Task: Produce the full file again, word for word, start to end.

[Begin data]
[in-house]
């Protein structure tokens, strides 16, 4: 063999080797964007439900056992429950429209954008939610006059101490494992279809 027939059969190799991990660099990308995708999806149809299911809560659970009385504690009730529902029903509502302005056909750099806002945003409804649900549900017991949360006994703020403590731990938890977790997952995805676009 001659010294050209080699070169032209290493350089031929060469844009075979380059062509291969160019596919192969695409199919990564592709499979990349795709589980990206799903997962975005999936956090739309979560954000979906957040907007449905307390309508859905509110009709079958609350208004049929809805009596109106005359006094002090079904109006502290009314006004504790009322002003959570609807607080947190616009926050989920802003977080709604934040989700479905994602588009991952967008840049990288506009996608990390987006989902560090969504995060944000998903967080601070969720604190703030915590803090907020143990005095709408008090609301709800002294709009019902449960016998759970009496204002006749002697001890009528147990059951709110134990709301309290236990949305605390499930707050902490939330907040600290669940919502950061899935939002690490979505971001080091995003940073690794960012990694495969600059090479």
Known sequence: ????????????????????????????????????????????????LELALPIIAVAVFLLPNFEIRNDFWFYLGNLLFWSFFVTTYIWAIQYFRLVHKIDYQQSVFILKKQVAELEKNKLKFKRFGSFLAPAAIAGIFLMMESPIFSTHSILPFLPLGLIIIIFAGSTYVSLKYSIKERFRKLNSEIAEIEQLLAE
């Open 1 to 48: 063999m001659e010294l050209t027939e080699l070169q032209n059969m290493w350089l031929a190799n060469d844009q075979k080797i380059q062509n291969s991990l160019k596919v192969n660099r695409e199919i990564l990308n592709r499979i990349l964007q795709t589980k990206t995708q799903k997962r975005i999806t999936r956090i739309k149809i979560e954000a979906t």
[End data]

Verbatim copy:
[in-house]
């Protein structure tokens, strides 16, 4: 063999080797964007439900056992429950429209954008939610006059101490494992279809 027939059969190799991990660099990308995708999806149809299911809560659970009385504690009730529902029903509502302005056909750099806002945003409804649900549900017991949360006994703020403590731990938890977790997952995805676009 001659010294050209080699070169032209290493350089031929060469844009075979380059062509291969160019596919192969695409199919990564592709499979990349795709589980990206799903997962975005999936956090739309979560954000979906957040907007449905307390309508859905509110009709079958609350208004049929809805009596109106005359006094002090079904109006502290009314006004504790009322002003959570609807607080947190616009926050989920802003977080709604934040989700479905994602588009991952967008840049990288506009996608990390987006989902560090969504995060944000998903967080601070969720604190703030915590803090907020143990005095709408008090609301709800002294709009019902449960016998759970009496204002006749002697001890009528147990059951709110134990709301309290236990949305605390499930707050902490939330907040600290669940919502950061899935939002690490979505971001080091995003940073690794960012990694495969600059090479």
Known sequence: ????????????????????????????????????????????????LELALPIIAVAVFLLPNFEIRNDFWFYLGNLLFWSFFVTTYIWAIQYFRLVHKIDYQQSVFILKKQVAELEKNKLKFKRFGSFLAPAAIAGIFLMMESPIFSTHSILPFLPLGLIIIIFAGSTYVSLKYSIKERFRKLNSEIAEIEQLLAE
């Open 1 to 48: 063999m001659e010294l050209t027939e080699l070169q032209n059969m290493w350089l031929a190799n060469d844009q075979k080797i380059q062509n291969s991990l160019k596919v192969n660099r695409e199919i990564l990308n592709r499979i990349l964007q795709t589980k990206t995708q799903k997962r975005i999806t999936r956090i739309k149809i979560e954000a979906t």